Uniform items as worn by the 14th Hussars
This brass badge has the battle honour PENINSULA at the base so must date after 6 April 1815 when the honour was given to the 14th Light Dragoons. A badge similar to this without the battle honour was worn by other ranks on the right side of the Tarleton helment. But by 1815 the shako had replaced the helmet and it is thought this badge was worn on the front. The regiment was titled Duchess of York’s Own in 1798 and the badge of the eagle, or hawk, was used between that date and 1830 when they became the King’s Light Dragoons.
The colours of the 1829 metal badge can be seen in this photo taken at the regimental museum in Preston. The black ‘Hawk’ with gilt embellishments on a silver circle in the middle of the gilt cross that has silver hobnails in each arm of the cross. The badge is linked to the gilt boss at the top of the shako by a silver chain loop.
For most of the 1820s the 14th Light Dragoons had an embroidered shako badge but in 1829 there were changes to the uniform and that included a metal badge, introducing the shape of the Maltese cross which has remained the symbol of Light Dragoons to this day. The Prussian Eagle was the centre piece of the design but replaced 2 years later by the Royal Crest when the regiment was titled the King’s Light Dragoons. The battle honours for the Peninsula War were mostly granted in February 1820 but DOURO came later on 22 July 1837.
Radical changes to the uniform of the light dragoons took place in 1830 when King William IV came to the throne. He wanted his soldiers dressed in red so the blue-coated light dragoons duly changed from blue and silver to scarlet and gold. The lace around the top of this shako is now gold. The badge for the 14th LD had to change too, as the title of the regiment was now the King’s Light Dragoons. The Prussian Eagle was replaced by the Royal Crest, the name given to the badge of the lion standing on the crown. The strap around the crest has the regimental title and the six battle honours for the Peninsula War placed on the arms of the cross. The Hanoverian crown was part of the badge, placed on the top arm.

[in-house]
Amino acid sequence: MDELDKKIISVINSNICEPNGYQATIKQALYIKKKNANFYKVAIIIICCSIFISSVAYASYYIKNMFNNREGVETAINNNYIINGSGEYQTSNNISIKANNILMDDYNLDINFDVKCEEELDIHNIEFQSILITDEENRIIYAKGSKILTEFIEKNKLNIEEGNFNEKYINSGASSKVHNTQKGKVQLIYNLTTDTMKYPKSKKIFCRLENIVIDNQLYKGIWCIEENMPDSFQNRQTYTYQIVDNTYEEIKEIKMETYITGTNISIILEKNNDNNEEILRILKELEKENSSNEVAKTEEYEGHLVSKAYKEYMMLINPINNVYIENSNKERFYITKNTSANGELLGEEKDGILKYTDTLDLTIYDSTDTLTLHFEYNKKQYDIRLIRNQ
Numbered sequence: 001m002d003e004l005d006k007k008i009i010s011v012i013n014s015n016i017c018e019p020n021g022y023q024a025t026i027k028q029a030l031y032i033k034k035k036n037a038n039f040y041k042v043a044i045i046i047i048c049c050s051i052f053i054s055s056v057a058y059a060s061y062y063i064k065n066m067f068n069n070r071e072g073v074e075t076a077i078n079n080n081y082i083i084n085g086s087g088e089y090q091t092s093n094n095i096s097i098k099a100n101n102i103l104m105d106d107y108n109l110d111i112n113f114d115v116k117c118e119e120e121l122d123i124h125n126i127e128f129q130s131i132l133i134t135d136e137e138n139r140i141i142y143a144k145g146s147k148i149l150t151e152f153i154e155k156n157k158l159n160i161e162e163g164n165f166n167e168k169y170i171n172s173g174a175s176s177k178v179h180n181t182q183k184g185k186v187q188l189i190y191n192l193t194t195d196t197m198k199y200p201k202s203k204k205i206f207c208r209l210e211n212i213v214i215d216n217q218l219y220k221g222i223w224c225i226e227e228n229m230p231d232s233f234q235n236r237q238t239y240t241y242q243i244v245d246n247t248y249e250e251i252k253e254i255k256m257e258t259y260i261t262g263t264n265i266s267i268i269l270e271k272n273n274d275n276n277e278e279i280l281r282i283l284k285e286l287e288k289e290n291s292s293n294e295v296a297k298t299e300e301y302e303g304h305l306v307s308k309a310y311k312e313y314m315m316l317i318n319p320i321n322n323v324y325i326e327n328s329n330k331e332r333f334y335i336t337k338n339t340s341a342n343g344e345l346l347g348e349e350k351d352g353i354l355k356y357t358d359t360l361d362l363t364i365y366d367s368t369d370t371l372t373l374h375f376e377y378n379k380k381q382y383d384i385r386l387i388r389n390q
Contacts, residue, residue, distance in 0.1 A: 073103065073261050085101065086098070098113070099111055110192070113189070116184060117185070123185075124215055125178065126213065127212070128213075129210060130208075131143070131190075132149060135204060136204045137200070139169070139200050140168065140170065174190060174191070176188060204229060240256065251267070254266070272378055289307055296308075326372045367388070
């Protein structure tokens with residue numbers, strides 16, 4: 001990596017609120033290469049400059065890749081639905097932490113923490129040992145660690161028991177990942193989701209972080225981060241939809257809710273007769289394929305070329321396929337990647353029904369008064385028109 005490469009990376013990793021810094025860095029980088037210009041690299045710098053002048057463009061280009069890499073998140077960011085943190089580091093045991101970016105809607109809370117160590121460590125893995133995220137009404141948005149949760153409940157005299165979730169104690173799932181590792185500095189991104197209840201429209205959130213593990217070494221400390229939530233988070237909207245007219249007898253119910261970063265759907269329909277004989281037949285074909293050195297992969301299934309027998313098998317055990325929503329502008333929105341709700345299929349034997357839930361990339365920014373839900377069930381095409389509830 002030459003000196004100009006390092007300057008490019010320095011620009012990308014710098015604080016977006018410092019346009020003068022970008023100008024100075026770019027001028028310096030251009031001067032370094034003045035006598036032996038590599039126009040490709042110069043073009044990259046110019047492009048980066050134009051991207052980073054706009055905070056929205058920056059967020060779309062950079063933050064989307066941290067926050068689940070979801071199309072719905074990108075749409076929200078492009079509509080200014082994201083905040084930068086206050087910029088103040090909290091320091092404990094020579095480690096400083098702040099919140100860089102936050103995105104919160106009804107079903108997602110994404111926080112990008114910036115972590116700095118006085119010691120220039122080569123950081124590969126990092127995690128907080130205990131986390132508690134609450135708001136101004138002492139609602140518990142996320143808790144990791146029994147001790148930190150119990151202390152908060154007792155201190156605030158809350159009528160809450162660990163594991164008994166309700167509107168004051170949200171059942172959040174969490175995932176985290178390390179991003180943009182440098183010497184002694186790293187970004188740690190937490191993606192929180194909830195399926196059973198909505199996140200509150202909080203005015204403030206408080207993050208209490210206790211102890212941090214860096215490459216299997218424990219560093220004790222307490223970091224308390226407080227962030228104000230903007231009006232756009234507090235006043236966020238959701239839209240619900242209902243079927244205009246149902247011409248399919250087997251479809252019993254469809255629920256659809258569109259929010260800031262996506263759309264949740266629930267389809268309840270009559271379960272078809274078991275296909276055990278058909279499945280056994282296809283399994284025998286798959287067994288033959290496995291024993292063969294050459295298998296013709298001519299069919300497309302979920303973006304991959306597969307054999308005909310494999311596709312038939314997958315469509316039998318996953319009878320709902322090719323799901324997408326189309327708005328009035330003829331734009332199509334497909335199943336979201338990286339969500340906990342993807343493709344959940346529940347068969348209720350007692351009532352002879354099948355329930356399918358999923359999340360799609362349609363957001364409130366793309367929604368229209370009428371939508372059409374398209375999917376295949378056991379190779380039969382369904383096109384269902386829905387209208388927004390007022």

After the change of title in 1830 the 14th lost the Prussian Eagle, or Hawk, from their cap badges. The sergeant painted by Dubois Drahonet in 1832 shows a very early example of NCO’s arm badge. It is an embroidered black eagle on a gilt oval. Unfortunately the artist chose to paint the badge at an awkward angle and we cannot see it properly. There is an embroidered crown over the badge. The sergeant’s cap badge is indistinct in this enlarged scan of a reproduction but the crowned Maltese cross is clear.
This badge is attached to a 14th Light Dragoon shako and there is little doubt that it is genuine. But it does not conform to the generally accepted pattern of badge. The other ranks’ badge had a rim wide enough to contain the battle honours but this has only a thin rim and no battle honours. Other examples of officers’ badges follow the pattern of the other ranks.
The badge worn by the rank and file of the 14th Light Dragoons was of the pattern followed by other Light Dragoon Regiments, being in the shape of the Maltese Cross. Sergeants and warrant officers had better quality badges than the lower ranks. This one is brass or gilt according to the rank of the wearer. The usual battle honours for the Peninsular War and the second Sikh War are around the rim but there is an addition that does not appear on many of the other known examples. The battle honour PERSIA is just above the central garter strap. This was granted to the regiment in 1858.